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Washington Archive

Washington

NEW: CUNA asks for CFPB clarification on small-issuer exemption

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WASHINGTON (1/18/13, UPDATED 6:15 p.m. ET)--Credit unions are asking the Credit Union National Association whether a "small servicer," as defined in a new Consumer Financial Protection Bureau rule on mortgage servicing, still qualifies for an exemption from many of the rule's provisions if  it uses a sub-servicer that is too big for the exemption. CUNA is asking the CFPB to clarify.

The CFPB's final mortgage servicing rule, issued Thursday, requires mortgage servicers to meet new periodic statement requirements, provide additional notice of rate changes to borrowers and help ensure that consumers know their options to prevent foreclosures.

The servicing rule contains a number of exemptions for credit unions and other financial institutions that meet the bureau's "small issuer" definition--that they service 5,000 or fewer loans that they or an affiliate own or originated. Servicers that own mortgage servicing rights for mortgage loans that are not owned by the servicer of affiliate, or for which the servicer or affiliate is not the entity to whom the obligation was initially payable, are not small servicers.

CUNA talked with the CFPB on this today and sought clarification. CUNA will update credit unions and leagues early next week on issues, such as:

  • How is a credit union, which qualifies as a small servicer, affected it it retains a sub-servicer that does not meet the small-servicer definition?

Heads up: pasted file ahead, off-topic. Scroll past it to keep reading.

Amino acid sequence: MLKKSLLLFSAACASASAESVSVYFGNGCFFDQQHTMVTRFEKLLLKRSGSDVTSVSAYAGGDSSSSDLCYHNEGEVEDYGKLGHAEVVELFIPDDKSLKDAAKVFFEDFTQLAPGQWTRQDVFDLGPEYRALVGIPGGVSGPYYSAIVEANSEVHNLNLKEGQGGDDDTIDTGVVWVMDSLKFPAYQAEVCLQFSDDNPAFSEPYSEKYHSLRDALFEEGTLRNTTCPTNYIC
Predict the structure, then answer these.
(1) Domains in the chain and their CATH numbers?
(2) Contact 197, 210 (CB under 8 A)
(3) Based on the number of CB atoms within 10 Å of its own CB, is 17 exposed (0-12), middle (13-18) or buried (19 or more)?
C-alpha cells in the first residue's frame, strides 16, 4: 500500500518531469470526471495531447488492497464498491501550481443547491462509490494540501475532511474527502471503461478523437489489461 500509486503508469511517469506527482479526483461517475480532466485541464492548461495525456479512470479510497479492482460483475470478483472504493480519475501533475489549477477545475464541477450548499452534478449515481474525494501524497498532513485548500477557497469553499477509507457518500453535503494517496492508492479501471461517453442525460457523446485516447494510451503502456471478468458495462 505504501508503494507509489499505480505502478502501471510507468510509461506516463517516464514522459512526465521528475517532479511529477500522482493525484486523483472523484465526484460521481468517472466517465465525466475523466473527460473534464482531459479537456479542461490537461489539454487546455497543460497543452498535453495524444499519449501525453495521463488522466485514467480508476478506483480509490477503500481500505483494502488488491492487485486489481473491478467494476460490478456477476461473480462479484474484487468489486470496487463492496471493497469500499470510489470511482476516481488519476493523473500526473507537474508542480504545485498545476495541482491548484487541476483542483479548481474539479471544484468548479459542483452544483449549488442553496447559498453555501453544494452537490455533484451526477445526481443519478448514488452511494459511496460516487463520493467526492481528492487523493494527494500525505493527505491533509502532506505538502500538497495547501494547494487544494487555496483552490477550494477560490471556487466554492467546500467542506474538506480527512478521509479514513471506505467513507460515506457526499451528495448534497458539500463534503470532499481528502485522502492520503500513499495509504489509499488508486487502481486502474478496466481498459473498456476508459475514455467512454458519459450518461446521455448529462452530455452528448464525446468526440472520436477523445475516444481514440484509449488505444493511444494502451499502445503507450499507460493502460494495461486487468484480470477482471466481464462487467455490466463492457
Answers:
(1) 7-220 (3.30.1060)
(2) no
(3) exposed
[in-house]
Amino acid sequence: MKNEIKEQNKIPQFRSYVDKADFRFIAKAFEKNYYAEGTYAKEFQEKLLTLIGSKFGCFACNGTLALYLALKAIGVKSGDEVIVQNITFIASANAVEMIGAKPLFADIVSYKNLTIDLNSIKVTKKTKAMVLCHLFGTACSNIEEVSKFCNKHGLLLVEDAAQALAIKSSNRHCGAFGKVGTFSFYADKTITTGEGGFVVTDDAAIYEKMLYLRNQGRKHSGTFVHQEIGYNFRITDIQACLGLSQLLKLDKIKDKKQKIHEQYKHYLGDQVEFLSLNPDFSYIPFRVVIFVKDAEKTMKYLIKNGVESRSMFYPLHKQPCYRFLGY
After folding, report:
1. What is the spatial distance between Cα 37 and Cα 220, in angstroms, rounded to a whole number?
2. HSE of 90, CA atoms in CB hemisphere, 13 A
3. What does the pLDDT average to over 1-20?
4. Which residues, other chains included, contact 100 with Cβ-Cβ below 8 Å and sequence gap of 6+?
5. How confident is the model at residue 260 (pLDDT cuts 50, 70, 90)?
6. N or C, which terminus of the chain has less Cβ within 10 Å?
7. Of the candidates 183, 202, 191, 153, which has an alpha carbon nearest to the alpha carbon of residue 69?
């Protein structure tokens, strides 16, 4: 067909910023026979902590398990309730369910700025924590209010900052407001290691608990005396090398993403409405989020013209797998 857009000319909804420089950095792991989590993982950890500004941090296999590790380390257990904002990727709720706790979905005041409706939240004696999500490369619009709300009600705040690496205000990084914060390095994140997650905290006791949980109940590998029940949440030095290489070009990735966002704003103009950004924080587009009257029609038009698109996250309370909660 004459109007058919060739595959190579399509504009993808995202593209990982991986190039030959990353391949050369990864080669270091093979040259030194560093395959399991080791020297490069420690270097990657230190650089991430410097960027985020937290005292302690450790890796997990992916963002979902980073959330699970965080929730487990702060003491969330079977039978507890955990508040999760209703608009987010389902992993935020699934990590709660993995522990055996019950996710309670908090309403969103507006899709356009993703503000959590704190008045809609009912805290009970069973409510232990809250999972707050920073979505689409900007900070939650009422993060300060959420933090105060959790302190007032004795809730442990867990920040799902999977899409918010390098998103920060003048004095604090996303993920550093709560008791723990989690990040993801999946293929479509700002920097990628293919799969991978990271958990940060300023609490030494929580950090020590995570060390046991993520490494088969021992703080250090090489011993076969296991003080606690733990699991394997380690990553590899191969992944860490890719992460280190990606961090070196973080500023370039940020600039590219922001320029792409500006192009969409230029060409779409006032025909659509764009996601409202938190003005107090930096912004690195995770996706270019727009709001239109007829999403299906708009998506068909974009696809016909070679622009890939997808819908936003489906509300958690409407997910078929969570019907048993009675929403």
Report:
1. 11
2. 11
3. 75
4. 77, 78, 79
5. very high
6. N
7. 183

Under the CFPB rule, "small servicers" will be exempted from the periodic statement requirements, general servicing policies, procedures and requirements, early intervention and continuity of contact provisions with delinquent borrowers and a vast majority of the loss mitigation procedures. They will not, however, be exempted from the information request and error resolution requirements.

CUNA witness stresses CUs' difference at CFPB mortgage hearing

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ATLANTA, Ga. (1/18/13)--Credit unions did not create the mortgage market issues that the Consumer Financial Protection Bureau seeks to address through its new regulations, and therefore should be shielded from regulatory burden where possible, Credit Union National Association witness Pam Davis said at a Thursday hearing.

Click to view larger image Pam Davis of Delta Community CU, Atlanta, Ga., said new CFPB mortgage servicing regulations will benefit borrowers. She encouraged the agency to recognize the differences between credit unions and for-profit institutions as it develops regulations. (CUNA Photo)


Davis also represented the Georgia Credit Union Affiliates.

The hearing was held just after the CFPB released a final rule addressing mortgage servicing on Thursday morning. Regulatory measures addressing mortgage loan origination (MLO) and high-risk mortgage appraisals are also on the agency's docket: There is a Jan. 21 deadline for their release. The CFPB last week unveiled final rules regarding ability-to-repay requirements, escrow accounts, and "high-cost" mortgages.

Davis, who serves as vice president of real estate services at Delta Community CU, Atlanta, said CUNA and credit unions are "concerned about the regulatory burden imposed on lenders and will be reviewing the new rules from that perspective."